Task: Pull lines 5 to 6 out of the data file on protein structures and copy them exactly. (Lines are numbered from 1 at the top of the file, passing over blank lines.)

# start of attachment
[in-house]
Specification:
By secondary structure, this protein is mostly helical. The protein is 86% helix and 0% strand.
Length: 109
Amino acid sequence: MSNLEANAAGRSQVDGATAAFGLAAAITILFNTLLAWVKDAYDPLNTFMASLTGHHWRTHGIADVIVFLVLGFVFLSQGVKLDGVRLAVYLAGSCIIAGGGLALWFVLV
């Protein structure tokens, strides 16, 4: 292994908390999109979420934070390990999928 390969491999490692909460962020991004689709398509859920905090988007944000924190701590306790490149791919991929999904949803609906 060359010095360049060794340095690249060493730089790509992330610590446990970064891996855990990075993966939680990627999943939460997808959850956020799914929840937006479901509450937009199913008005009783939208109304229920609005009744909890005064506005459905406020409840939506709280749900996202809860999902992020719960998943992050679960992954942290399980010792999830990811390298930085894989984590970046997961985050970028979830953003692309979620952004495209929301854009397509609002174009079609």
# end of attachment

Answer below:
Amino acid sequence: MSNLEANAAGRSQVDGATAAFGLAAAITILFNTLLAWVKDAYDPLNTFMASLTGHHWRTHGIADVIVFLVLGFVFLSQGVKLDGVRLAVYLAGSCIIAGGGLALWFVLV
């Protein structure tokens, strides 16, 4: 292994908390999109979420934070390990999928 390969491999490692909460962020991004689709398509859920905090988007944000924190701590306790490149791919991929999904949803609906 060359010095360049060794340095690249060493730089790509992330610590446990970064891996855990990075993966939680990627999943939460997808959850956020799914929840937006479901509450937009199913008005009783939208109304229920609005009744909890005064506005459905406020409840939506709280749900996202809860999902992020719960998943992050679960992954942290399980010792999830990811390298930085894989984590970046997961985050970028979830953003692309979620952004495209929301854009397509609002174009079609």